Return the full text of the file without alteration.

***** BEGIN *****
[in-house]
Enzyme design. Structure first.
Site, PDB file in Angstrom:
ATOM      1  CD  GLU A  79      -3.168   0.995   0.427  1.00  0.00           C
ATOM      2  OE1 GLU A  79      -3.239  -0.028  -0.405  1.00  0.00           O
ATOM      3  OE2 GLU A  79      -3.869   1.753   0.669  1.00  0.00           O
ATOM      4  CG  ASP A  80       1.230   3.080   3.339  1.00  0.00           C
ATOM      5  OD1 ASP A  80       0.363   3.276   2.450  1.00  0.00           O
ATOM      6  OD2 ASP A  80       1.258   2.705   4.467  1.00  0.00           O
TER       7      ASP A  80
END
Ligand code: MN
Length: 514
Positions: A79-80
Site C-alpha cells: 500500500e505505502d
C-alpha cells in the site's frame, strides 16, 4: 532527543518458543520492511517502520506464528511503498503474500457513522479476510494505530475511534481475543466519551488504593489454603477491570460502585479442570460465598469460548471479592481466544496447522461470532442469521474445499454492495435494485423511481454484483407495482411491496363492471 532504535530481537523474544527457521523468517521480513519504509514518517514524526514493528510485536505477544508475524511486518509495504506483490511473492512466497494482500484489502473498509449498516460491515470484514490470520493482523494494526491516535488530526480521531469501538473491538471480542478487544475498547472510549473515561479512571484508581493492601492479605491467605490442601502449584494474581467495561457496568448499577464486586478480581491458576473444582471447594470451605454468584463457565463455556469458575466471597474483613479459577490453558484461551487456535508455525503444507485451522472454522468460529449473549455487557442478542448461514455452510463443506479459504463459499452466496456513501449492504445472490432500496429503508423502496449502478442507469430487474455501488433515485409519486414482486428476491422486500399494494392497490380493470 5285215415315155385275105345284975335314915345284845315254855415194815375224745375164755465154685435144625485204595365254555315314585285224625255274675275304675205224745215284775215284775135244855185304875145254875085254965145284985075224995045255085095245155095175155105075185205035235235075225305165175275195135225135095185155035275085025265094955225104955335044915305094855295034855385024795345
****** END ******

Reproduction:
[in-house]
Enzyme design. Structure first.
Site, PDB file in Angstrom:
ATOM      1  CD  GLU A  79      -3.168   0.995   0.427  1.00  0.00           C
ATOM      2  OE1 GLU A  79      -3.239  -0.028  -0.405  1.00  0.00           O
ATOM      3  OE2 GLU A  79      -3.869   1.753   0.669  1.00  0.00           O
ATOM      4  CG  ASP A  80       1.230   3.080   3.339  1.00  0.00           C
ATOM      5  OD1 ASP A  80       0.363   3.276   2.450  1.00  0.00           O
ATOM      6  OD2 ASP A  80       1.258   2.705   4.467  1.00  0.00           O
TER       7      ASP A  80
END
Ligand code: MN
Length: 514
Positions: A79-80
Site C-alpha cells: 500500500e505505502d
C-alpha cells in the site's frame, strides 16, 4: 532527543518458543520492511517502520506464528511503498503474500457513522479476510494505530475511534481475543466519551488504593489454603477491570460502585479442570460465598469460548471479592481466544496447522461470532442469521474445499454492495435494485423511481454484483407495482411491496363492471 532504535530481537523474544527457521523468517521480513519504509514518517514524526514493528510485536505477544508475524511486518509495504506483490511473492512466497494482500484489502473498509449498516460491515470484514490470520493482523494494526491516535488530526480521531469501538473491538471480542478487544475498547472510549473515561479512571484508581493492601492479605491467605490442601502449584494474581467495561457496568448499577464486586478480581491458576473444582471447594470451605454468584463457565463455556469458575466471597474483613479459577490453558484461551487456535508455525503444507485451522472454522468460529449473549455487557442478542448461514455452510463443506479459504463459499452466496456513501449492504445472490432500496429503508423502496449502478442507469430487474455501488433515485409519486414482486428476491422486500399494494392497490380493470 5285215415315155385275105345284975335314915345284845315254855415194815375224745375164755465154685435144625485204595365254555315314585285224625255274675275304675205224745215284775215284775135244855185304875145254875085254965145284985075224995045255085095245155095175155105075185205035235235075225305165175275195135225135095185155035275085025265094955225104955335044915305094855295034855385024795345